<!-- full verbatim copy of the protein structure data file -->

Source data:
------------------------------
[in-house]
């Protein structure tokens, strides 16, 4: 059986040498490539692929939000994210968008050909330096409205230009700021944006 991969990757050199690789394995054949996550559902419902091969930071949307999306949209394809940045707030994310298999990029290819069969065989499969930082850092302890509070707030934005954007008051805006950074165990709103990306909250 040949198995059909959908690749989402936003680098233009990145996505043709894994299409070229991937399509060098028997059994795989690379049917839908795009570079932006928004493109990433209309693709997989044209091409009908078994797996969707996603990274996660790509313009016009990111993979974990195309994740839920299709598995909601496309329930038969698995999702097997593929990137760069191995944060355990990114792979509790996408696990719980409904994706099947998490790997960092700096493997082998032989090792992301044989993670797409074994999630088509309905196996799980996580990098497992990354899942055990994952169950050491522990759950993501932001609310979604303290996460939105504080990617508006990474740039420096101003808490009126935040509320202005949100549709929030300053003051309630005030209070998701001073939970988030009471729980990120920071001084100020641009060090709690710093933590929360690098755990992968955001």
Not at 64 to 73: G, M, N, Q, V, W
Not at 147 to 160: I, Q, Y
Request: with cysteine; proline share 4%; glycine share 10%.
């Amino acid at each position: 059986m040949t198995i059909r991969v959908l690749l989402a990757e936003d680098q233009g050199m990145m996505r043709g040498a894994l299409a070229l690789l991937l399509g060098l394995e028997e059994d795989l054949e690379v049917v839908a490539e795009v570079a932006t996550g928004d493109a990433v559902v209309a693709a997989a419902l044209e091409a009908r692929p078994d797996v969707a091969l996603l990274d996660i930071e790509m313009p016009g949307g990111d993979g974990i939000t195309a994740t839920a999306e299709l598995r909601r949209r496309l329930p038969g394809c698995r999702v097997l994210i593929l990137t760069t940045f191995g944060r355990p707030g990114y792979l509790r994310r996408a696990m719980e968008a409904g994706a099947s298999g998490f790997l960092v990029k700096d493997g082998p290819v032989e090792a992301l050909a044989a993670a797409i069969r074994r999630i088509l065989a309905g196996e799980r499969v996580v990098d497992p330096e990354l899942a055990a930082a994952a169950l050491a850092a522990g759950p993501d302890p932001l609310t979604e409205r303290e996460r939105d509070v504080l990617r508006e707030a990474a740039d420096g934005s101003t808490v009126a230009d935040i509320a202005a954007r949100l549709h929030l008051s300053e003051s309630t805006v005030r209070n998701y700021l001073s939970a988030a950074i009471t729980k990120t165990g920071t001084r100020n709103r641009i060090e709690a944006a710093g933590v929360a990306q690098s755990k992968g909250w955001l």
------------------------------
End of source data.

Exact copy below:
[in-house]
């Protein structure tokens, strides 16, 4: 059986040498490539692929939000994210968008050909330096409205230009700021944006 991969990757050199690789394995054949996550559902419902091969930071949307999306949209394809940045707030994310298999990029290819069969065989499969930082850092302890509070707030934005954007008051805006950074165990709103990306909250 040949198995059909959908690749989402936003680098233009990145996505043709894994299409070229991937399509060098028997059994795989690379049917839908795009570079932006928004493109990433209309693709997989044209091409009908078994797996969707996603990274996660790509313009016009990111993979974990195309994740839920299709598995909601496309329930038969698995999702097997593929990137760069191995944060355990990114792979509790996408696990719980409904994706099947998490790997960092700096493997082998032989090792992301044989993670797409074994999630088509309905196996799980996580990098497992990354899942055990994952169950050491522990759950993501932001609310979604303290996460939105504080990617508006990474740039420096101003808490009126935040509320202005949100549709929030300053003051309630005030209070998701001073939970988030009471729980990120920071001084100020641009060090709690710093933590929360690098755990992968955001």
Not at 64 to 73: G, M, N, Q, V, W
Not at 147 to 160: I, Q, Y
Request: with cysteine; proline share 4%; glycine share 10%.
């Amino acid at each position: 059986m040949t198995i059909r991969v959908l690749l989402a990757e936003d680098q233009g050199m990145m996505r043709g040498a894994l299409a070229l690789l991937l399509g060098l394995e028997e059994d795989l054949e690379v049917v839908a490539e795009v570079a932006t996550g928004d493109a990433v559902v209309a693709a997989a419902l044209e091409a009908r692929p078994d797996v969707a091969l996603l990274d996660i930071e790509m313009p016009g949307g990111d993979g974990i939000t195309a994740t839920a999306e299709l598995r909601r949209r496309l329930p038969g394809c698995r999702v097997l994210i593929l990137t760069t940045f191995g944060r355990p707030g990114y792979l509790r994310r996408a696990m719980e968008a409904g994706a099947s298999g998490f790997l960092v990029k700096d493997g082998p290819v032989e090792a992301l050909a044989a993670a797409i069969r074994r999630i088509l065989a309905g196996e799980r499969v996580v990098d497992p330096e990354l899942a055990a930082a994952a169950l050491a850092a522990g759950p993501d302890p932001l609310t979604e409205r303290e996460r939105d509070v504080l990617r508006e707030a990474a740039d420096g934005s101003t808490v009126a230009d935040i509320a202005a954007r949100l549709h929030l008051s300053e003051s309630t805006v005030r209070n998701y700021l001073s939970a988030a950074i009471t729980k990120t165990g920071t001084r100020n709103r641009i060090e709690a944006a710093g933590v929360a990306q690098s755990k992968g909250w955001l």